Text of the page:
2020 Election

John Minchillo / AP Images

Gun control has become a topic driving national politics over the last several years. With a 2020 presidential election looming over the political scene, candidates will have to create a compelling argument on a divided issue. Guns & America reporter Heath Druzin attended an event based around the subject of gun control and joins Idaho Matters to expand upon the discussion.

Heath Druzin / Boise State Public Radio

The politics of guns on the national stage are changing. Fast. And when Democratic presidential hopefuls got together in Las Vegas earlier this month to discuss gun policy the shift was crystal clear.

Heath Druzin / Boise State Public Radio

Democratic presidential hopefuls called for increased firearms restrictions at a forum organized by gun control advocates in Las Vegas Wednesday.

James Dawson / Boise State Public Radio

Boise Mayor Dave Bieter focused more on his record than new ideas in Wednesday’s state of the city address.

James Dawson / Boise State Public Radio

Former Vice President Joe Biden capped off a two-day trip to Idaho Tuesday with a fundraiser at the home of a prominent Boise family.

Gun policy is back on the democratic debate stage in a way it hasn’t been in decades. But are the candidates’ proposals likely to save lives?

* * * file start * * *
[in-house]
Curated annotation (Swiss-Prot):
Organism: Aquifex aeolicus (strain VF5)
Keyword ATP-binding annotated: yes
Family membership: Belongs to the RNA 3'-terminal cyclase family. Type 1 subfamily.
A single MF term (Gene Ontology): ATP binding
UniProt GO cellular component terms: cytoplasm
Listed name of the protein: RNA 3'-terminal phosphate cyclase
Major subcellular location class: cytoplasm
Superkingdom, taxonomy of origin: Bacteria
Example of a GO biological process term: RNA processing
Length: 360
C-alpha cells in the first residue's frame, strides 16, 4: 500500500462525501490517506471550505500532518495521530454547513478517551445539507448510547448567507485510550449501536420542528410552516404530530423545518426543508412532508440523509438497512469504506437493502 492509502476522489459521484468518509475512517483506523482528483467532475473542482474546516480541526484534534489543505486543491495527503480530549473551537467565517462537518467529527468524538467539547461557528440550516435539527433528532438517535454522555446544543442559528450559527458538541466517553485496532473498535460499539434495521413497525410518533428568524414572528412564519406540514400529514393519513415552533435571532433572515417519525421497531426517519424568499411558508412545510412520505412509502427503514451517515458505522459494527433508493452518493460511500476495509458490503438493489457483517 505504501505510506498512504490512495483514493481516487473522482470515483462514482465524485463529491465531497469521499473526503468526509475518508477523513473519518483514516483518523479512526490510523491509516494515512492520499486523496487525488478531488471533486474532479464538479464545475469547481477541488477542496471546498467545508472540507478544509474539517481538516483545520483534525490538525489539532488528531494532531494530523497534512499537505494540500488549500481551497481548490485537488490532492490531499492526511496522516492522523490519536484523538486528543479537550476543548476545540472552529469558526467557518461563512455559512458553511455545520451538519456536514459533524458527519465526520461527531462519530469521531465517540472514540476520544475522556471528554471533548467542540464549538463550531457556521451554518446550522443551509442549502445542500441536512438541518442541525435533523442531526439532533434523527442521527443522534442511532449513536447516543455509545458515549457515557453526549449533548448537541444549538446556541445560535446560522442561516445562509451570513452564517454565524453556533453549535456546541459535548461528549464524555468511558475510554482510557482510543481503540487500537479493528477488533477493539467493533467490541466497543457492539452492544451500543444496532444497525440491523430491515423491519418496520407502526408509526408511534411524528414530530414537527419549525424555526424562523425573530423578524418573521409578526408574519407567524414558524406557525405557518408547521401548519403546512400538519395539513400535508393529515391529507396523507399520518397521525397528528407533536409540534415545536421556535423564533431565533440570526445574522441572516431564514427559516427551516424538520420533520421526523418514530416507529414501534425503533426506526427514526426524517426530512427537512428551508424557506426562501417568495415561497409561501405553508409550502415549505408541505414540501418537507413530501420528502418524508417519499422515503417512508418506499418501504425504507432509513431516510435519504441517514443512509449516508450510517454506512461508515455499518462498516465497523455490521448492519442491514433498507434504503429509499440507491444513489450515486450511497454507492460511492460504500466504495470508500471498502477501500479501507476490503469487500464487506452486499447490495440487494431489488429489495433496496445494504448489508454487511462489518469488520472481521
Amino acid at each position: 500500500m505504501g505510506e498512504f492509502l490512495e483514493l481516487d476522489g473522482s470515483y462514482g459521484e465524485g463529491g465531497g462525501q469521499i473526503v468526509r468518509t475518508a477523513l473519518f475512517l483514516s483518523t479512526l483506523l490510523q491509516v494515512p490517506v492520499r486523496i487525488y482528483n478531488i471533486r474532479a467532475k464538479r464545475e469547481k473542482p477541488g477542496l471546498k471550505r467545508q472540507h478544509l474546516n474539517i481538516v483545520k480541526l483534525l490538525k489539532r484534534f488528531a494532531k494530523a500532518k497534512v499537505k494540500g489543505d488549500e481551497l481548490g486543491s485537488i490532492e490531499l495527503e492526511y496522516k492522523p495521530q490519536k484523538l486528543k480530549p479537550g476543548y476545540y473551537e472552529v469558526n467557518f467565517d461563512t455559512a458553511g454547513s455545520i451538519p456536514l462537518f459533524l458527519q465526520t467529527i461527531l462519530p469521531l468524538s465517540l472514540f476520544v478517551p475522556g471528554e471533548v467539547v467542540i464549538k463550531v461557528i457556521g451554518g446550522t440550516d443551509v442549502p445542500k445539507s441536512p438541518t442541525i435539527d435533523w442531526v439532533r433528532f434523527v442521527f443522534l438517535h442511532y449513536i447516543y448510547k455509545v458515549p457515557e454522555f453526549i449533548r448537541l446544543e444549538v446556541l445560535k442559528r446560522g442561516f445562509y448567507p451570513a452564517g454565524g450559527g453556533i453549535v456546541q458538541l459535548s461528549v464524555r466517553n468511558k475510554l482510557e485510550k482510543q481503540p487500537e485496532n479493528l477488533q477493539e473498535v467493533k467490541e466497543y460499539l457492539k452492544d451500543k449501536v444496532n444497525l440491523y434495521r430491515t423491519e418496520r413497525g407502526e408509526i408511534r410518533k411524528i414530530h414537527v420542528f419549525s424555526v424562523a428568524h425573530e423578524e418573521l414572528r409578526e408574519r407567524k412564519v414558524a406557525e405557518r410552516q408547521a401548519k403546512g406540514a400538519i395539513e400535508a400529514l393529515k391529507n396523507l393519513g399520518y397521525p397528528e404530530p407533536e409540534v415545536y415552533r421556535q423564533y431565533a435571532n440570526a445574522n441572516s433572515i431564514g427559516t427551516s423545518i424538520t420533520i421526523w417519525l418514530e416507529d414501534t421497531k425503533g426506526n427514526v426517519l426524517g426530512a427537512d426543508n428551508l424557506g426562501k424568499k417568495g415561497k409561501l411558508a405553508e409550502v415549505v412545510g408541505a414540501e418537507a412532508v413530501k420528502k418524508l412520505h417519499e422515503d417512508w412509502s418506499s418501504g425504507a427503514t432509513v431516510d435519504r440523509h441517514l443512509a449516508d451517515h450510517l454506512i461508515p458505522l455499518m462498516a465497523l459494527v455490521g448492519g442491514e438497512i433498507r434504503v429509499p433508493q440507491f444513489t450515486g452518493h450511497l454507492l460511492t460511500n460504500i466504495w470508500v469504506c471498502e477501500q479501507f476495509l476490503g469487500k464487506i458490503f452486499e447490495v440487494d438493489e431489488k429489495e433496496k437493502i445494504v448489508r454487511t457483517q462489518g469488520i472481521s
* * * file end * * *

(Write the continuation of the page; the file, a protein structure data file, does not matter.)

Daniel Webster directs the Johns Hopkins Center for Gun Policy and Research, and he’s happy that for once, these issues are getting some campaign attention. But he’s also really hoping voters demand proposals based on evidence.

Luis Melgar / Guns & America

Polling shows guns are among the top priorities for many Democratic voters and gun issues remain a big topic in the 2020 Democratic presidential primary.

On Wednesday and Thursday, 20 candidates will take the Democratic debate stage to talk about a wide range of policy topics. And 20 candidates times dozens of policies equals a lot to keep track of.

It's true that, these being Democratic candidates, there's a lot they all agree on — taking action on climate change, for example, or improving the health care system. But this debate is the first time we'll see them next to each other, coming into direct conflict over what, exactly, they disagree on.

Tom Michael / Boise State Public Radio

On Tuesday night, Idaho received its first visit of the 2020 campaign for U.S. president.

In front of a boisterous crowd of college Democrats at Boise State University's student union, it was the first time Idaho audiences this year heard this line: "I’m running for president because I think it’s new time for new energy and new leadership."

 


Charlie Neibergall / AP Images

Idaho is preparing to greet its first 2020 presidential candidate Tuesday.

Julián Castro, former mayor of San Antonio and former secretary of Housing and Urban Development, is making a campaign stop in Boise. The Democrat announced his intention to run for president in January.